• Employer Sponsored Insurance Incentives
  • Health Insurance Premium Payments program (State
    pays private premiums for employer-sponsored
    insurancein lieu of Medicaid premiums, if
    cost-effective).
  • CHIP Premium Assistance Program
  • Disabled Children Buy-In Option
  • Health Opportunity Accounts (HOA)
  • Expanded Medicaid Benefits
  • Consumer Responsibility, Choice and Incentives
  • Consumer Directed Health Accounts or Enhanced
    Benefit Accounts (EBA)
  • Variable Benefits

42
Leveraging Medicaid
  • Protection of IGT federal funding through
    creation of Low Income Pools
  • California, Massachusetts, Florida all negotiated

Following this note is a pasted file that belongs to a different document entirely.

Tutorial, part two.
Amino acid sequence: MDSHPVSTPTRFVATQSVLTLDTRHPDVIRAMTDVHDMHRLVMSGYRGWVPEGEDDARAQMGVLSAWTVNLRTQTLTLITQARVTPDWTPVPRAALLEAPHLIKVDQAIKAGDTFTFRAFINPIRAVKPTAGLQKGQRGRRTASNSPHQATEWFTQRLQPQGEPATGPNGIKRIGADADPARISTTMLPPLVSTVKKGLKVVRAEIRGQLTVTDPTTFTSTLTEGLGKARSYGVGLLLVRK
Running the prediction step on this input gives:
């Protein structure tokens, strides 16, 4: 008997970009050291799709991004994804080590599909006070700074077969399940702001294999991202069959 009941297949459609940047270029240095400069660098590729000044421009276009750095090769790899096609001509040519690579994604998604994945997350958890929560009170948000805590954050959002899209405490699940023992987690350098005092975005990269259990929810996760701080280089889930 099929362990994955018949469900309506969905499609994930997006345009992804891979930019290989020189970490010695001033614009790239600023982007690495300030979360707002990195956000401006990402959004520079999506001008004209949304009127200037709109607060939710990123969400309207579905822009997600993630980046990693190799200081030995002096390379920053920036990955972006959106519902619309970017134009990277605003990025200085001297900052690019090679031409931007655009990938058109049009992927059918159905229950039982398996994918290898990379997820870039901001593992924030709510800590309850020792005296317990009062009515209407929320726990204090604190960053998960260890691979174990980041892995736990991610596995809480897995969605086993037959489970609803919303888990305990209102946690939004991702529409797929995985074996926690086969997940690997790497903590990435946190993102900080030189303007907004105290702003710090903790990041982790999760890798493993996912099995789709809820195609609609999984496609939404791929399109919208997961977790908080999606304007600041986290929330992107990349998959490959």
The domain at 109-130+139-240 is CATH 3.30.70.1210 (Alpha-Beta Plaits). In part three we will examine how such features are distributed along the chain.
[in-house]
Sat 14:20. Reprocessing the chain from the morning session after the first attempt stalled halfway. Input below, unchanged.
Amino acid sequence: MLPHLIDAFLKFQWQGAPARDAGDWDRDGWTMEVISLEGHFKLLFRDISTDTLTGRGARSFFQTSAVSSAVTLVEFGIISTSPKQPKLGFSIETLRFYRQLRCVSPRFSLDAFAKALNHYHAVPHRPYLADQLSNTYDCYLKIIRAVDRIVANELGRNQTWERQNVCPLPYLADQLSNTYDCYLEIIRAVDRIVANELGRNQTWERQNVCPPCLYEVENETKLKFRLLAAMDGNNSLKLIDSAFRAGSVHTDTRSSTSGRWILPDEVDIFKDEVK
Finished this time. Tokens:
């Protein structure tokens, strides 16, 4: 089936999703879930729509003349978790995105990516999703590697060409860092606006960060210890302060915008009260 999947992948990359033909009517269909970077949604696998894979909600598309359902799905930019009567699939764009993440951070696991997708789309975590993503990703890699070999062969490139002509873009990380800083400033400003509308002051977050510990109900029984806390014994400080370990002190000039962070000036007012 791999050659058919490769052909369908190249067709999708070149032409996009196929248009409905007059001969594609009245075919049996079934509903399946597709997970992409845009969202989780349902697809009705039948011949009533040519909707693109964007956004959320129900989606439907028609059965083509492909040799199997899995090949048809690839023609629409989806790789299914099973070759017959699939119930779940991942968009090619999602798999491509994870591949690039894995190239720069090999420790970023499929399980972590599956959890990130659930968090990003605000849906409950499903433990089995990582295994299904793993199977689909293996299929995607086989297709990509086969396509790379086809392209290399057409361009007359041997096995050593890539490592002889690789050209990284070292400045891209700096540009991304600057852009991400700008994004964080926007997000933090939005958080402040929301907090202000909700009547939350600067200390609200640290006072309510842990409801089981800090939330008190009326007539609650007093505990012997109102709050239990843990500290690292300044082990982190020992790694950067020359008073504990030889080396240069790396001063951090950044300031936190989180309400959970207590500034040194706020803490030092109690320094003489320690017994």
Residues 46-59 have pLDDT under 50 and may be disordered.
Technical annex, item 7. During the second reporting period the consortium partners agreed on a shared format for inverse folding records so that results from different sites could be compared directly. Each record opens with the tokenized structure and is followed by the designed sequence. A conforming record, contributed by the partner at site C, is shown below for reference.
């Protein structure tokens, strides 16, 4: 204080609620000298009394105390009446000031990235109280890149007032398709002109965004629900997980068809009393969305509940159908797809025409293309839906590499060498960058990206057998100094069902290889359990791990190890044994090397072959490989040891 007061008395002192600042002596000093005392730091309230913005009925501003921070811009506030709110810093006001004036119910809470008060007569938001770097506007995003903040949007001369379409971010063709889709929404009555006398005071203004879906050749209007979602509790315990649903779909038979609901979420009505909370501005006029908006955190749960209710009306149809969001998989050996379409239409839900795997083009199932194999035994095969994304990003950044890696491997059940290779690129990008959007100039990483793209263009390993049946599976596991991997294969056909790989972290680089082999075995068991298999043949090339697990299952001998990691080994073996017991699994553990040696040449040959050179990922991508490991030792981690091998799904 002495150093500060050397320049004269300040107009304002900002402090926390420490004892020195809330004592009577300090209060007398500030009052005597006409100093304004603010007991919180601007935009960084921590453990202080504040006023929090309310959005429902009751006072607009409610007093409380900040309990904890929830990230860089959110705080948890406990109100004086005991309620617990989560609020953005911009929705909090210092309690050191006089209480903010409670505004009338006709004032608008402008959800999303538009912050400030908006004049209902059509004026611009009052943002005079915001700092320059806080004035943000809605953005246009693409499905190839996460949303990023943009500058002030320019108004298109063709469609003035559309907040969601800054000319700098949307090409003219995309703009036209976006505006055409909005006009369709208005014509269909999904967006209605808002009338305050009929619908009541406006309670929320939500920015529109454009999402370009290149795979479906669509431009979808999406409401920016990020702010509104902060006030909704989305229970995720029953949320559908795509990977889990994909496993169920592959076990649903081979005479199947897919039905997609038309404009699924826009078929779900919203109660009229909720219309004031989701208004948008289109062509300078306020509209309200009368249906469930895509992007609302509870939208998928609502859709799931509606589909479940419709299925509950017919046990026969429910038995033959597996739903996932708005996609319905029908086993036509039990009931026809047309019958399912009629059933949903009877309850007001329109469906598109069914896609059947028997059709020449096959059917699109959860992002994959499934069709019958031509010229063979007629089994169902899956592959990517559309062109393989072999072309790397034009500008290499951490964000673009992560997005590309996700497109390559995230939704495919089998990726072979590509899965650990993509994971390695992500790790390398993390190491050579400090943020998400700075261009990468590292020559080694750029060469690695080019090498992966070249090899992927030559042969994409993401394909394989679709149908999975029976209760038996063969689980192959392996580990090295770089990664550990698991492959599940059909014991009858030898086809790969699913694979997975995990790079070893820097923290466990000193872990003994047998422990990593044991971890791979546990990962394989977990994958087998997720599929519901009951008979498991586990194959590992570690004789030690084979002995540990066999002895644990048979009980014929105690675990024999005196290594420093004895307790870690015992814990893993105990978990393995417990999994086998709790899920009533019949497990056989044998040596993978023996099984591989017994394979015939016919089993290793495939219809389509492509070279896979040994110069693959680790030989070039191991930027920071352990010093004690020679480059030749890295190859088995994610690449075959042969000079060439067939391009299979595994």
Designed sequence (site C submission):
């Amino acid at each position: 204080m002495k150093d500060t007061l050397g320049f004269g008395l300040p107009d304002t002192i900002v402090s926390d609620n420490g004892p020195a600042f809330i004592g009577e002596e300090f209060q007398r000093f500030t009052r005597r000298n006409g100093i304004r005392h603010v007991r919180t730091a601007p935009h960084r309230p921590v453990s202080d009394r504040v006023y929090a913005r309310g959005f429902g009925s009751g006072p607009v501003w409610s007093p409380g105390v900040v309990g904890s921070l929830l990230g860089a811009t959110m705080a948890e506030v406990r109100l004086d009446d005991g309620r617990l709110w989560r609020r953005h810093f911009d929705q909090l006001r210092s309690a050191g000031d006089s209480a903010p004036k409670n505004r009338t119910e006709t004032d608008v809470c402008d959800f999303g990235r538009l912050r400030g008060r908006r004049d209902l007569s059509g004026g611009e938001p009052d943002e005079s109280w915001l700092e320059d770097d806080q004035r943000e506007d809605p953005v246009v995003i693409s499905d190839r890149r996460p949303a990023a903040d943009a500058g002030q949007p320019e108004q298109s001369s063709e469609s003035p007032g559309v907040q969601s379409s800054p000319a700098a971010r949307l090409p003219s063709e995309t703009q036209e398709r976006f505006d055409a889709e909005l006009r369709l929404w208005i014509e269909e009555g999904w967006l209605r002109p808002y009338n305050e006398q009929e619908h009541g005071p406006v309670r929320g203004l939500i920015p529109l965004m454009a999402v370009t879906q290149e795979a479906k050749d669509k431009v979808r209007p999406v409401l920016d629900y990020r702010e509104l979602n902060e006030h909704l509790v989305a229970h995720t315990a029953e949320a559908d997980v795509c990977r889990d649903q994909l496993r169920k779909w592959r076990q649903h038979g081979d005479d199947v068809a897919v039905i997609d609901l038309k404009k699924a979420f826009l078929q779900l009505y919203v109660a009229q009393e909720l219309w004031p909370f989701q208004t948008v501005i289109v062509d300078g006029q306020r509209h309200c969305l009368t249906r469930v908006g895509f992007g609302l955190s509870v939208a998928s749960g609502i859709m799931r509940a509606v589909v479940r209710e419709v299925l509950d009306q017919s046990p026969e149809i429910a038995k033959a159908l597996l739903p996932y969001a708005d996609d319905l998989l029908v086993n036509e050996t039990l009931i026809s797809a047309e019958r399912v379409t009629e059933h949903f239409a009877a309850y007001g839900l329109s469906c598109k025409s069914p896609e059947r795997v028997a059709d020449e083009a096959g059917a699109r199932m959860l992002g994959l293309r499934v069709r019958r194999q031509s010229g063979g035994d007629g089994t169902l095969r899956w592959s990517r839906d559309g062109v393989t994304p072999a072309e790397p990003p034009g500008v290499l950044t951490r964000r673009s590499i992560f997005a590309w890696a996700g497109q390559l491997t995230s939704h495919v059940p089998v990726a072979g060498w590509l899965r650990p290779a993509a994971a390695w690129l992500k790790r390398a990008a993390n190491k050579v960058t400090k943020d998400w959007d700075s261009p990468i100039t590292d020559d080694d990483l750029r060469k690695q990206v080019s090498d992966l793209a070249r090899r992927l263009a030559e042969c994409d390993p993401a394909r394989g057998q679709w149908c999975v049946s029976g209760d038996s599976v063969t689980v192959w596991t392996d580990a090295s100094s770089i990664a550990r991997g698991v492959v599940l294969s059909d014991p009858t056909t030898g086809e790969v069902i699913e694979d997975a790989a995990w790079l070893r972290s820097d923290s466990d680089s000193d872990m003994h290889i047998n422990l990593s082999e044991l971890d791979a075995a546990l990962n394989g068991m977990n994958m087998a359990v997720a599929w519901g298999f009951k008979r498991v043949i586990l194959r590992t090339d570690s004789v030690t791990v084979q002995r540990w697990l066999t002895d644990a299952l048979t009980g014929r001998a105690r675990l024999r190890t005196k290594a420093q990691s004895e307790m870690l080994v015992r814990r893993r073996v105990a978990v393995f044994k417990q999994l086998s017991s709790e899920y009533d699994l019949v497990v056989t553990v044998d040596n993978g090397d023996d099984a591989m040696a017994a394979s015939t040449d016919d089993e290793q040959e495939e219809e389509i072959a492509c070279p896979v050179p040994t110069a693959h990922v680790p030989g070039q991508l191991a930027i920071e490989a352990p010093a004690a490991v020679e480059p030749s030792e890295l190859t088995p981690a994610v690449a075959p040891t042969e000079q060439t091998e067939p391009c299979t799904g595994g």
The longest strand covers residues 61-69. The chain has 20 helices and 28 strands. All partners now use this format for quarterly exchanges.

waivers to protect federal funds by creating low
    income pools to help cover the uninsured
  • State subsidies for existing employer insurance
    to make it more affordable
  • Utah provides 50/month for identified low-income
    individuals
  • State funds to create affordable employer-based
    insurance. Three-share programs covers employees
    otherwise uninsured with premium contributions
    from employer, employee, public funds
  • UTMB Three-Share Waiver now with CMS (no new
    state GR)
  • One-third premium funding each from employers,
    employees, and UTMB/Federal funds
  • Benefit package created by the community based on
    coverage and perceived needs/value
  • Maine Employer/Employee and State/Federal funds
  • Tennessee Employer/Employee and State/Federal
    funds

43
Leveraging Medicaid
  • Massachusetts Connector
  • Quasi-public entity created to provide advantages
    such as
  • Broader access to benefits of employer-sponsored
    health insurance, such as
  • Paying with pre-tax dollars
  • Ability to pool funds from multiple part time
    jobs, or husband wife benefits
  • Reduces employer administrative burden for
    finding and negotiating coverage by offering a